The lander will be active for roughly 90 Earth days before the Martian winter sets in. The extreme cold temperatures will temporarily entomb the lander in up to three feet of carbon dioxide ice. These temperatures will effectively put the lander out of commission. There is only a very remote chance of the lander coming back to life after the ice thaws.

Wired.com will bring you continuing coverage as it develops live from Pasadena today. Keep refreshing our "Mars" index page and come back throughout the day for the latest updates, staring with the first photos from the Martian arctic surface around 7 p.m. PST.





http://blog.wired.com/wiredscience/2008/05/touchdown-first.html
 

notmeatall3

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It is truely amazing. :Clap: Good thing UK did not launch it. It would have crashed.
UK are the microsoft of space exploration
 

digidude

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400 million miles in 10 months, wow, thats an average speed of about 56,000 miles an hour, good job they didnt have to buy the fuel for that from the UK lol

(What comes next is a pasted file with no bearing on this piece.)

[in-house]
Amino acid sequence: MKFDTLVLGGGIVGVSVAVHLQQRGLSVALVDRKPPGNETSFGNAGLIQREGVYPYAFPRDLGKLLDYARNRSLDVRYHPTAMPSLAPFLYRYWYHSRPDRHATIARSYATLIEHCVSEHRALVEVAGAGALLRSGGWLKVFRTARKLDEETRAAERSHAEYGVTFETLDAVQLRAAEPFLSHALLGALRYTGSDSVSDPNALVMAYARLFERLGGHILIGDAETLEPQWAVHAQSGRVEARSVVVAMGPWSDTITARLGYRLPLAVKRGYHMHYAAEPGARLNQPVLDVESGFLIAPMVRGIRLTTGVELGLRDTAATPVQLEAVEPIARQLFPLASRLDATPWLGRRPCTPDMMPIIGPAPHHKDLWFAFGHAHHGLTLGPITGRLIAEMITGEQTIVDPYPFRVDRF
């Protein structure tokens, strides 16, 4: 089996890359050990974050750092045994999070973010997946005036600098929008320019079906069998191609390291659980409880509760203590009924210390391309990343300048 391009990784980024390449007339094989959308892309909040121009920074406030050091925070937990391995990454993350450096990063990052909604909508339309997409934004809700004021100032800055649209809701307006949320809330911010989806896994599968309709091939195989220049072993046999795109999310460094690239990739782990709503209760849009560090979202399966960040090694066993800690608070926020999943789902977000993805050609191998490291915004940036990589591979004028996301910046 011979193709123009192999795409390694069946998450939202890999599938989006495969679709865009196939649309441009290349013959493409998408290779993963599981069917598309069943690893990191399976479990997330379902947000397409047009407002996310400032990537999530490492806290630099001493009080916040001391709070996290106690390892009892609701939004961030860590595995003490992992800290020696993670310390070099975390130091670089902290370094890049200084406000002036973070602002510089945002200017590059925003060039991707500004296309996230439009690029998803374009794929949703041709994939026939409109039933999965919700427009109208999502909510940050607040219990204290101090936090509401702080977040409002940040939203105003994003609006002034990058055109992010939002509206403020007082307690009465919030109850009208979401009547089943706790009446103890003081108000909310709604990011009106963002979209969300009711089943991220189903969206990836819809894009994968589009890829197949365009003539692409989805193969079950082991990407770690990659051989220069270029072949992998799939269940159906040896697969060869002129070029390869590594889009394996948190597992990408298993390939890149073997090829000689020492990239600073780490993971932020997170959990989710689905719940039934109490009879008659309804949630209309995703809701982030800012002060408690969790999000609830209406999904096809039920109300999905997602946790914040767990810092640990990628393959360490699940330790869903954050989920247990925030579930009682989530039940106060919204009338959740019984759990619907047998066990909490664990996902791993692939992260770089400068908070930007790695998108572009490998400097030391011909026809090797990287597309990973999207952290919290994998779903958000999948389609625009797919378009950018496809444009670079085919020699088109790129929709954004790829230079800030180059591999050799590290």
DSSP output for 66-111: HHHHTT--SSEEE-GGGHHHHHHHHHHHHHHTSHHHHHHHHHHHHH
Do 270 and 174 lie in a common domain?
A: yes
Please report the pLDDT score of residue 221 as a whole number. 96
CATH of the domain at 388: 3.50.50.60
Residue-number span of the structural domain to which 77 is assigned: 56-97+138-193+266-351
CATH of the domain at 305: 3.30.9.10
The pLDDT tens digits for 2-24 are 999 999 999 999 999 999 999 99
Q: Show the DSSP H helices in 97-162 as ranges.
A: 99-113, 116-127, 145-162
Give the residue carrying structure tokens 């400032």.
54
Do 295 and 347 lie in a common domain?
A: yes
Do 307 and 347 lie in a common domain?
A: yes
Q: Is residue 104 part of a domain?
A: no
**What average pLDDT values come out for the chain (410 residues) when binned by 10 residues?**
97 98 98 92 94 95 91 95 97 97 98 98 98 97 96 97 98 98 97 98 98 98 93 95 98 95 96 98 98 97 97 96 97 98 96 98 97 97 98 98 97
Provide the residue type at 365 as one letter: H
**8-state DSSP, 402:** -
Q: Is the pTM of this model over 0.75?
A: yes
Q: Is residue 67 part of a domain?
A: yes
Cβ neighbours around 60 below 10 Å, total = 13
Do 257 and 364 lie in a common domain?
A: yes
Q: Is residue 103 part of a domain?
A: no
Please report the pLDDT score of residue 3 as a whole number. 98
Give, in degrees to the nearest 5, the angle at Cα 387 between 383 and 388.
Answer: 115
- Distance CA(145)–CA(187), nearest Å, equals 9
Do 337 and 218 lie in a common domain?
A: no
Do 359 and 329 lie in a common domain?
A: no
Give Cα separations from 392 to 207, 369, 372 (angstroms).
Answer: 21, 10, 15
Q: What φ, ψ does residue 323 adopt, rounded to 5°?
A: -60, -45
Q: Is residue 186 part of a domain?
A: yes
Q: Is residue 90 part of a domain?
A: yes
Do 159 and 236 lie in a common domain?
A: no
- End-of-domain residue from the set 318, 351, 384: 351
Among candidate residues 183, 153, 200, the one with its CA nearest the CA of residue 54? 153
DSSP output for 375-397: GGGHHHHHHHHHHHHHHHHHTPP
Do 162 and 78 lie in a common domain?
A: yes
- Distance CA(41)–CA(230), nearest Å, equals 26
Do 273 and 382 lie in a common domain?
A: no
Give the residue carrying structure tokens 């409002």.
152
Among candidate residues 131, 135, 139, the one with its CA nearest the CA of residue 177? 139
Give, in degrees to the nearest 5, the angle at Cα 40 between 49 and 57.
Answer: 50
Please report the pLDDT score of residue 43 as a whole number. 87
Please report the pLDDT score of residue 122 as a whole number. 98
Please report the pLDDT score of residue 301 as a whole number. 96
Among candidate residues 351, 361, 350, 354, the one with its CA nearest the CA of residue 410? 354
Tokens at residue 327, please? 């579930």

Baaheeduk

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UK are the microsoft of space exploration

O ye, of little faith.

The UK are actually very good and probably would have had some involvement along the line. We excel in the integration of defence and communications satellites though.

You can thank the UK and our European counterparts for the Galileo satellite navigation system that will work along with GPS (American) and GLONASS (Russian) but with more capability for precision measurements. Down to millimeters in fact.
 

Seedy_r0m

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O ye, of little faith.

The UK are actually very good and probably would have had some involvement along the line. We excel in the integration of defence and communications satellites though.

You can thank the UK and our European counterparts for the Galileo satellite navigation system that will work along with GPS (American) and GLONASS (Russian) but with more capability for precision measurements. Down to millimeters in fact.

I knew one of the guys one here dabbled in all sorts of space exploration goodness.

I had to search high & low for it, but here it is:

https://www.digitalworldz.co.uk/index.php?threads/151316/&highlight=space

Code:
You don't have permission to view the code content. Log in or register now.

You get a better class of people here on DW :)
 
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notmeatall3

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O ye, of little faith.